Pluto Bioinformatics

GSE122550: SHANK2 mutations associated with autism spectrum disorder cause hyperconnectivity of human neurons

Bulk RNA sequencing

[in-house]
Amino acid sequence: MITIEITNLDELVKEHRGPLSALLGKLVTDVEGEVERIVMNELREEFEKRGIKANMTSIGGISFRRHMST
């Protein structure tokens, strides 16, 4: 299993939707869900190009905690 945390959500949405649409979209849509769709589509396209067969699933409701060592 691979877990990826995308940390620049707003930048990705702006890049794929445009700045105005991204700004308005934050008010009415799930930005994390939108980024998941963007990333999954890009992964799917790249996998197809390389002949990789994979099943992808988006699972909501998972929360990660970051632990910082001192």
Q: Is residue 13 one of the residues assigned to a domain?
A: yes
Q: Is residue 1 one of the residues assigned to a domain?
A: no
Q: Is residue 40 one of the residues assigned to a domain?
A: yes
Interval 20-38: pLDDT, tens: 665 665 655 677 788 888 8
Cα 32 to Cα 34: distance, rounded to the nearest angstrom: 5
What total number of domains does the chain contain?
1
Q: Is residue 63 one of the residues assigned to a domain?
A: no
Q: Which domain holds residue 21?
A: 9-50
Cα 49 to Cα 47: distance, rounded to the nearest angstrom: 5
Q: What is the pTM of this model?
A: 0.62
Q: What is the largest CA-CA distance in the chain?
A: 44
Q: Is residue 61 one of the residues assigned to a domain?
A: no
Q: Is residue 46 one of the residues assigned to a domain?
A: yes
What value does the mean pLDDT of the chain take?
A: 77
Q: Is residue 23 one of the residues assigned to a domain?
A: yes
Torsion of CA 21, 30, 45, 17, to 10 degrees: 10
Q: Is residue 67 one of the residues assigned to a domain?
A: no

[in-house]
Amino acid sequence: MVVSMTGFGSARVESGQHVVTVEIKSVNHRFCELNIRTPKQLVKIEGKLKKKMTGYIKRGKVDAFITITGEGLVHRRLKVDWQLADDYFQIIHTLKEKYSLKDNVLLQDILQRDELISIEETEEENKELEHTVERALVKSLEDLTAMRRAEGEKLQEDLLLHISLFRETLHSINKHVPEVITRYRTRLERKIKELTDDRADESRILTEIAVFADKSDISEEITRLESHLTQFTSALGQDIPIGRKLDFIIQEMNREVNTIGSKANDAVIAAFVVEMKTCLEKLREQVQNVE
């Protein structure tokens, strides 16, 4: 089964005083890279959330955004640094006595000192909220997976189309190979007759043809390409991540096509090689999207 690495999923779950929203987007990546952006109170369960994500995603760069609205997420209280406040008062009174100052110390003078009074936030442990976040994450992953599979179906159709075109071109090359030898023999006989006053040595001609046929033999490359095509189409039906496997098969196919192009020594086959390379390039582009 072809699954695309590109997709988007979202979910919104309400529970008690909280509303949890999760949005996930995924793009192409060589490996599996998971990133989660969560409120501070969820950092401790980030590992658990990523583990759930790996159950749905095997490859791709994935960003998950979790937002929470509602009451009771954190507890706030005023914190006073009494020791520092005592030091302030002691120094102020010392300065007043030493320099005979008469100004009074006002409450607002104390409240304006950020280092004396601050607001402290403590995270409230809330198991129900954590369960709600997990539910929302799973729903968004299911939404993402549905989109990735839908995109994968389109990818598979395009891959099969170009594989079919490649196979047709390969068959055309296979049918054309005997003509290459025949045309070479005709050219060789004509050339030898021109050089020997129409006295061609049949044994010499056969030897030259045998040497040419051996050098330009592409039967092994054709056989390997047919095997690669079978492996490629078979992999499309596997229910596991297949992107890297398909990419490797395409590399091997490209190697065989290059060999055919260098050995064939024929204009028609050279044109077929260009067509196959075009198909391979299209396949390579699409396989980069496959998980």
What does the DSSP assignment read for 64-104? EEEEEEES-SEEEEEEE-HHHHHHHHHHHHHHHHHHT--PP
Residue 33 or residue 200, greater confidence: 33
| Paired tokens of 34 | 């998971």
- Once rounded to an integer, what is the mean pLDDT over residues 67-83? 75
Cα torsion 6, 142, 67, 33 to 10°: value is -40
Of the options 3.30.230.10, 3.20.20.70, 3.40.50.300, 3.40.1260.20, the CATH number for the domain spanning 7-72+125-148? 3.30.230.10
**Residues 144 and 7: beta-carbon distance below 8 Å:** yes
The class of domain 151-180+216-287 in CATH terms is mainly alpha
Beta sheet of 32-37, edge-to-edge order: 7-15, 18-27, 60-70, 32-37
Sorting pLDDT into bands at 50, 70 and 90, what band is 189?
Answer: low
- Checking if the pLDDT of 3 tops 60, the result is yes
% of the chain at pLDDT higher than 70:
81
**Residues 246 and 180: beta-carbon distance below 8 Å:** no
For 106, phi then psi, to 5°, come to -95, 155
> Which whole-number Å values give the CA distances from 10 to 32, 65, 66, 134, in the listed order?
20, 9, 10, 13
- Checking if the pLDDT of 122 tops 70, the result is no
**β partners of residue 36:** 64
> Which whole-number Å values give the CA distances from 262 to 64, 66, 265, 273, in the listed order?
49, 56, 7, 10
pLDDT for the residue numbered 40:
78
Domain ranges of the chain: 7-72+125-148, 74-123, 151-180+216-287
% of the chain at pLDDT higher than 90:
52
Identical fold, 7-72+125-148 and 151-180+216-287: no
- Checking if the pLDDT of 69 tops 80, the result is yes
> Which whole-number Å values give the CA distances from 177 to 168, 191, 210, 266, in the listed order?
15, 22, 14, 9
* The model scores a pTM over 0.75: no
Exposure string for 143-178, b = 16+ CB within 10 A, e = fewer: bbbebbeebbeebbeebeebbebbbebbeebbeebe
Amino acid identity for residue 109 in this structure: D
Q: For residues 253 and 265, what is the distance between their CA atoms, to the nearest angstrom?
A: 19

Heterozygous loss-of-function mutations in the synaptic scaffolding gene SHANK2 are strongly associated with autism spectrum disorder (ASD). To investigate their effect on synaptic connectivity, we generated cortical neurons from induced pluripotent stem cells (iPSC) derived from neurotypic and ASD-affected donors. We developed Sparse coculture for Connectivity (SparCon) assays where SHANK2 and control neurons were differentially labeled and sparsely seeded together on a lawn of unlabeled control neurons. We observed striking increases in total synapse number and dendrite complexity. Dendrite length increases were exacerbated by IGF1 or BDNF treatment. Increased excitatory synapse function in haploinsufficient SHANK2 neurons was phenocopied in gene-edited knockout SHANK2 neurons. Gene correction of an ASD SHANK2 mutation rescued excitatory synapse function supporting a role for SHANK2 as a negative regulator of connectivity in developing human neurons. The transcriptome in these isogenic SHANK2 neurons was deeply perturbed in synaptic and plasticity gene sets and ASD gene modules, and activity dependent dendrite extension was defective. Our unexpected findings provide evidence for hyperconnectivity and profoundly altered transcriptome in SHANK2 neurons derived from ASD subjects. SOURCE: James Ellis ( - Hospital for Sick Children

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